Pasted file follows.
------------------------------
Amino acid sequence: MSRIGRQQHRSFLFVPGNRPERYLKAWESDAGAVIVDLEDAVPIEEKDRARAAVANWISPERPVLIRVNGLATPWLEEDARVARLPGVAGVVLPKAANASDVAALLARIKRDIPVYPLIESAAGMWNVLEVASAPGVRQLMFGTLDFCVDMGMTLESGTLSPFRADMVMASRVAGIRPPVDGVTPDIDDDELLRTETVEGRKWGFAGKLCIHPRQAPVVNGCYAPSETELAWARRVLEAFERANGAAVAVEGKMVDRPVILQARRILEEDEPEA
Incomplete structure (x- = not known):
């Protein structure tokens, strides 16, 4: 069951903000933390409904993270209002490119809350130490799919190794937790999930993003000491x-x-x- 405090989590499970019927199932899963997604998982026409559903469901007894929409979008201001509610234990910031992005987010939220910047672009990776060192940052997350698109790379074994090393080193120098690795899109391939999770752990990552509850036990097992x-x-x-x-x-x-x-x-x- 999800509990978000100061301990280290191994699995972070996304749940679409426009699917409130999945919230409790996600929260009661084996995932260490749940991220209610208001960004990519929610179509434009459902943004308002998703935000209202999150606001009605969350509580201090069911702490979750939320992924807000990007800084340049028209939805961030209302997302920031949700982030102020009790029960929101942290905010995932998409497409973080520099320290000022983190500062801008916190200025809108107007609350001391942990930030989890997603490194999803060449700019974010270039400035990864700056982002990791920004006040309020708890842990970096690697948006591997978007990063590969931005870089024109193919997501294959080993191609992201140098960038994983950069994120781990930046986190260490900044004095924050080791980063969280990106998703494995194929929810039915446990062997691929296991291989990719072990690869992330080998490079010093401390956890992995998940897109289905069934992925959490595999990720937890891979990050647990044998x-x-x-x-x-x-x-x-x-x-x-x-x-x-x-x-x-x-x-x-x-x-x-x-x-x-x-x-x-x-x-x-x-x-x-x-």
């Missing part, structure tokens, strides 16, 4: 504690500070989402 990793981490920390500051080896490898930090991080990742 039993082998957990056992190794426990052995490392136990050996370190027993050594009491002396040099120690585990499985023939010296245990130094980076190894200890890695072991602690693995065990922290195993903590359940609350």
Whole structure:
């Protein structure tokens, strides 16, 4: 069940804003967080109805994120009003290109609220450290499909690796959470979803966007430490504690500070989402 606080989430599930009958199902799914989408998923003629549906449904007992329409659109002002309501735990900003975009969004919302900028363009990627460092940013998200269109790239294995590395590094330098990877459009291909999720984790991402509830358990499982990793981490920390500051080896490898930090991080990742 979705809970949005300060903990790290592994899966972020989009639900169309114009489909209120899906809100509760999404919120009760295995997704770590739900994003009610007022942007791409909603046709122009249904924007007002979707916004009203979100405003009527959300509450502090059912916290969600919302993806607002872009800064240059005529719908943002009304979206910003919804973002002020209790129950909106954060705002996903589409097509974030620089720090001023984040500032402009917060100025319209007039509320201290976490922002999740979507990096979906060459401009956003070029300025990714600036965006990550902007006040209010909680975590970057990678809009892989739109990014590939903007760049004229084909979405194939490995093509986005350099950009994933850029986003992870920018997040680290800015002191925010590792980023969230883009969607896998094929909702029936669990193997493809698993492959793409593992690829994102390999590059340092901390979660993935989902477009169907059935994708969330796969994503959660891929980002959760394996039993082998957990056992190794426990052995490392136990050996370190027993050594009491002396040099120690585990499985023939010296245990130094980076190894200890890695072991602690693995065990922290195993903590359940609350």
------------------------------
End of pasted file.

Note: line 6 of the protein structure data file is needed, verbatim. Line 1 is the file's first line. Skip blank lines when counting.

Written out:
């Protein structure tokens, strides 16, 4: 069940804003967080109805994120009003290109609220450290499909690796959470979803966007430490504690500070989402 606080989430599930009958199902799914989408998923003629549906449904007992329409659109002002309501735990900003975009969004919302900028363009990627460092940013998200269109790239294995590395590094330098990877459009291909999720984790991402509830358990499982990793981490920390500051080896490898930090991080990742 979705809970949005300060903990790290592994899966972020989009639900169309114009489909209120899906809100509760999404919120009760295995997704770590739900994003009610007022942007791409909603046709122009249904924007007002979707916004009203979100405003009527959300509450502090059912916290969600919302993806607002872009800064240059005529719908943002009304979206910003919804973002002020209790129950909106954060705002996903589409097509974030620089720090001023984040500032402009917060100025319209007039509320201290976490922002999740979507990096979906060459401009956003070029300025990714600036965006990550902007006040209010909680975590970057990678809009892989739109990014590939903007760049004229084909979405194939490995093509986005350099950009994933850029986003992870920018997040680290800015002191925010590792980023969230883009969607896998094929909702029936669990193997493809698993492959793409593992690829994102390999590059340092901390979660993935989902477009169907059935994708969330796969994503959660891929980002959760394996039993082998957990056992190794426990052995490392136990050996370190027993050594009491002396040099120690585990499985023939010296245990130094980076190894200890890695072991602690693995065990922290195993903590359940609350």